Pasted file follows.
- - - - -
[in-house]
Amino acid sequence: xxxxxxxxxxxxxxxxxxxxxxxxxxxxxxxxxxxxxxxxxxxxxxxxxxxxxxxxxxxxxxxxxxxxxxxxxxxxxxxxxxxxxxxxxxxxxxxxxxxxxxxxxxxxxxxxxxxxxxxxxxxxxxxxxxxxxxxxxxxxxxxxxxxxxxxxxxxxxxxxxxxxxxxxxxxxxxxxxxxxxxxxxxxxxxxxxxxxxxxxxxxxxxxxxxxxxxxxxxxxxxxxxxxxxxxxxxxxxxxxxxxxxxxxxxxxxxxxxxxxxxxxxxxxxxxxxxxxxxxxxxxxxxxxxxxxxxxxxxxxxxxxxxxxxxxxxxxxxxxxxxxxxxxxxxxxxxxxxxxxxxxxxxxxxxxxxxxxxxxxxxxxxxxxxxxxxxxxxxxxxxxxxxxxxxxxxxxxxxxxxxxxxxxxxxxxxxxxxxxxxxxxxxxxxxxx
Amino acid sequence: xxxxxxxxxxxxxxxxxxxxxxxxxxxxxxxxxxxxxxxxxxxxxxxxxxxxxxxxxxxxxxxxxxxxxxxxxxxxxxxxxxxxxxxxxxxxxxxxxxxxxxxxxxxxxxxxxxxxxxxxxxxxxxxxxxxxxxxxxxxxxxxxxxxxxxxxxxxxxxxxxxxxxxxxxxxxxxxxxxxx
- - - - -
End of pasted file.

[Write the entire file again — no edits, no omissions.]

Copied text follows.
[in-house]
Amino acid sequence: xxxxxxxxxxxxxxxxxxxxxxxxxxxxxxxxxxxxxxxxxxxxxxxxxxxxxxxxxxxxxxxxxxxxxxxxxxxxxxxxxxxxxxxxxxxxxxxxxxxxxxxxxxxxxxxxxxxxxxxxxxxxxxxxxxxxxxxxxxxxxxxxxxxxxxxxxxxxxxxxxxxxxxxxxxxxxxxxxxxxxxxxxxxxxxxxxxxxxxxxxxxxxxxxxxxxxxxxxxxxxxxxxxxxxxxxxxxxxxxxxxxxxxxxxxxxxxxxxxxxxxxxxxxxxxxxxxxxxxxxxxxxxxxxxxxxxxxxxxxxxxxxxxxxxxxxxxxxxxxxxxxxxxxxxxxxxxxxxxxxxxxxxxxxxxxxxxxxxxxxxxxxxxxxxxxxxxxxxxxxxxxxxxxxxxxxxxxxxxxxxxxxxxxxxxxxxxxxxxxxxxxxxxxxxxxx
Amino acid sequence: xxxxxxxxxxxxxxxxxxxxxxxxxxxxxxxxxxxxxxxxxxxxxxxxxxxxxxxxxxxxxxxxxxxxxxxxxxxxxxxxxxxxxxxxxxxxxxxxxxxxxxxxxxxxxxxxxxxxxxxxxxxxxxxxxxxxxxxxxxxxxxxxxxxxxxxxxxxxxxxxxxxxxxxxxxxxxxxxxxxx